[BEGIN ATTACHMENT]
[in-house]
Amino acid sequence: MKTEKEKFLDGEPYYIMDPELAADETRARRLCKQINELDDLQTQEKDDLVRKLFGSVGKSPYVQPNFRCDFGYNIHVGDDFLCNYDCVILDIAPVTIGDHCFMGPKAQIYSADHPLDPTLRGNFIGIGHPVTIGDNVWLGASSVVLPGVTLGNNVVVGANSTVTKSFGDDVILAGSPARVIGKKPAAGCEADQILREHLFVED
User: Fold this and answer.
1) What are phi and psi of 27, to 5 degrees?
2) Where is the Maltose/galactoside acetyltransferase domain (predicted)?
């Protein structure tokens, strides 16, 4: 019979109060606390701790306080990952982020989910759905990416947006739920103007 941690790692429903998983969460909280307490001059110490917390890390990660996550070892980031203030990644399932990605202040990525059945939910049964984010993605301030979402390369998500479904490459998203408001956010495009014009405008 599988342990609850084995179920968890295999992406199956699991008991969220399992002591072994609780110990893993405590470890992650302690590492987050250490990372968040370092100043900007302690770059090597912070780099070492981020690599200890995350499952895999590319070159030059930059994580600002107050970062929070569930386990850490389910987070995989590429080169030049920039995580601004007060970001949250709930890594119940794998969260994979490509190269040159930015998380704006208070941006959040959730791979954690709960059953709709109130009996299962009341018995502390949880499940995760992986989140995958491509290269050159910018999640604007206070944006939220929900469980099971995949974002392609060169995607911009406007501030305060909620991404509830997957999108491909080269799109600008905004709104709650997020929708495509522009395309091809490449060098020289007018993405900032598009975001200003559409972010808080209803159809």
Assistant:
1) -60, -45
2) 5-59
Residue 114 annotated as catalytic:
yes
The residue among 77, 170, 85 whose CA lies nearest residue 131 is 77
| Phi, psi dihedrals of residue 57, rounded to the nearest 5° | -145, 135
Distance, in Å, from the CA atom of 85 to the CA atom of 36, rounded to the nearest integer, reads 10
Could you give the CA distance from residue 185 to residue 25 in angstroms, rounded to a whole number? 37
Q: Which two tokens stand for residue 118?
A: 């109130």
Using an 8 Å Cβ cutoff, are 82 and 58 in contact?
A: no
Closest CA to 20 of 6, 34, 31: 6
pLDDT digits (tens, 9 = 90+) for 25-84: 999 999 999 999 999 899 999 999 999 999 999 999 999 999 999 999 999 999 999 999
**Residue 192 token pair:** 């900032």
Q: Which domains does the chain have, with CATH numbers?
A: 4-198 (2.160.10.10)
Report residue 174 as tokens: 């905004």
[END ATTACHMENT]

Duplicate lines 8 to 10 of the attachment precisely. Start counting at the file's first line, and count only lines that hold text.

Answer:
1) -60, -45
2) 5-59
Residue 114 annotated as catalytic: